How do Career Conversations work?

  1. Employee: completes SELF-REFLECTION and PLANNING sections of the Career Conversation template based on agreements made during the previous Career Conversation or performance review.
  2. Supervisor: schedules a time for a Career Conversation meeting, and in preparation for the Career Conversation, reviews employee self-reflection and plan and makes discussion notes.
  3. Employee and Supervisor: have Career Conversation.
  4. Supervisor: makes summary comments and signs off on the Career Conversations document.
  5. Employee: reviews, acknowledges receipt of supervisor comments, and offers optional final comments.
  6. Both Employee and Supervisor: use completed Career Conversation for periodic and informal Career Conversation Check-ins.   

How often should Career Conversations occur?

Career conversations should be conducted on a regular basis and documented in writing at least once a year.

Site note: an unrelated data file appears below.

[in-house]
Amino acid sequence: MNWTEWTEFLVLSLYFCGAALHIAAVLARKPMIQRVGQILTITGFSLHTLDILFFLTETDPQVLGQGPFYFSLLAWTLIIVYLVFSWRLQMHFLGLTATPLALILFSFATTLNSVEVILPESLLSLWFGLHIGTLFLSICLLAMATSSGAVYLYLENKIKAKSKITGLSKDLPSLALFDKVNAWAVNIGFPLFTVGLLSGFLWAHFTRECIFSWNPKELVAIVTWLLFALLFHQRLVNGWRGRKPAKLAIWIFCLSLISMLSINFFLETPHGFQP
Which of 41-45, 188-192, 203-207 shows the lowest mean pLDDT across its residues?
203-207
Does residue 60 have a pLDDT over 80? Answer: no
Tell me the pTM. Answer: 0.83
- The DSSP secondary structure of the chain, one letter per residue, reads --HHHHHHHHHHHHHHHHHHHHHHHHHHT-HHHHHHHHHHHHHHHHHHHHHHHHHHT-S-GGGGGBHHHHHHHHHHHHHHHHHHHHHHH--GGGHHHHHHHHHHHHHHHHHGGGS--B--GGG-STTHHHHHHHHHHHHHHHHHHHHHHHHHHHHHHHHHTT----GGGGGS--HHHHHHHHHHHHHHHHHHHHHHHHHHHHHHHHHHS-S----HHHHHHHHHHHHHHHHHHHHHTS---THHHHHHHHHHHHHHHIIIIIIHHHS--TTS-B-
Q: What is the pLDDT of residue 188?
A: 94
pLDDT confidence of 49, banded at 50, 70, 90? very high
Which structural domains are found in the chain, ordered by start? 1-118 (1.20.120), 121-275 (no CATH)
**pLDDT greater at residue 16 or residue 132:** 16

What are Career Conversation Check-Ins?

Career Conversation Check-Ins are periodic and informal conversations to ensure that an employee is on track with established plans. These check-ins can also be used to identify and address any concerns the employee or supervisor might have. Employees are encouraged to lead these conversations and to be prepared with check-in questions such as:

  1. Am I on track based on the Career Conversation plan we created?
  2. Would you consider letting me have “quiet time” for two hours a day?
  3. Have you heard concerns about my work on the project committee?
  4. Can we discuss how I might work better with Veronica?
  5. Could I lead the next project team you create?
  6. What do I need to do to be considered for the next managerial opening?

Where do completed Career Conversations go?

Departments, supervisors, and employees should each retain a copy of their completed Career Conversations to refer to throughout the year, particularly during Career Conversation check-ins. The Division of Human Resources also sometimes requests to see a copy of an employee’s Career Conversations during dispute resolutions and investigations. Human Resources is exploring ways to move the performance feedback process into UAccess, saving supervsiors and employees time and automating many steps. In the meantime, if they choose to, departments may send a copy to: